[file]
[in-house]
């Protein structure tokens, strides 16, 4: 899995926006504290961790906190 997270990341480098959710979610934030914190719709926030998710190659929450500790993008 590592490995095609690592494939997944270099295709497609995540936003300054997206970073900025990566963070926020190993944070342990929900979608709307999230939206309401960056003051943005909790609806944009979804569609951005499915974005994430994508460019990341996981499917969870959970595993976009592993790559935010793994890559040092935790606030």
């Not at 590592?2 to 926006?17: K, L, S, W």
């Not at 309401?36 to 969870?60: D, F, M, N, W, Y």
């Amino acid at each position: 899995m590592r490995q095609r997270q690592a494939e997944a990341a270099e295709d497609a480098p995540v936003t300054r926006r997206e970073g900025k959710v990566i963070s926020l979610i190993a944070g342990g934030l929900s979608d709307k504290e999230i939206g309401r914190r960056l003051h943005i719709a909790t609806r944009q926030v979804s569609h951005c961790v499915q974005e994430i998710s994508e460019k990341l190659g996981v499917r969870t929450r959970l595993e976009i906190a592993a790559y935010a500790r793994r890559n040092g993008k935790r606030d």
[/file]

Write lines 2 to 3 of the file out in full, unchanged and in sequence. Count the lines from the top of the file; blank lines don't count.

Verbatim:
């Protein structure tokens, strides 16, 4: 899995926006504290961790906190 997270990341480098959710979610934030914190719709926030998710190659929450500790993008 590592490995095609690592494939997944270099295709497609995540936003300054997206970073900025990566963070926020190993944070342990929900979608709307999230939206309401960056003051943005909790609806944009979804569609951005499915974005994430994508460019990341996981499917969870959970595993976009592993790559935010793994890559040092935790606030």
């Not at 590592?2 to 926006?17: K, L, S, W």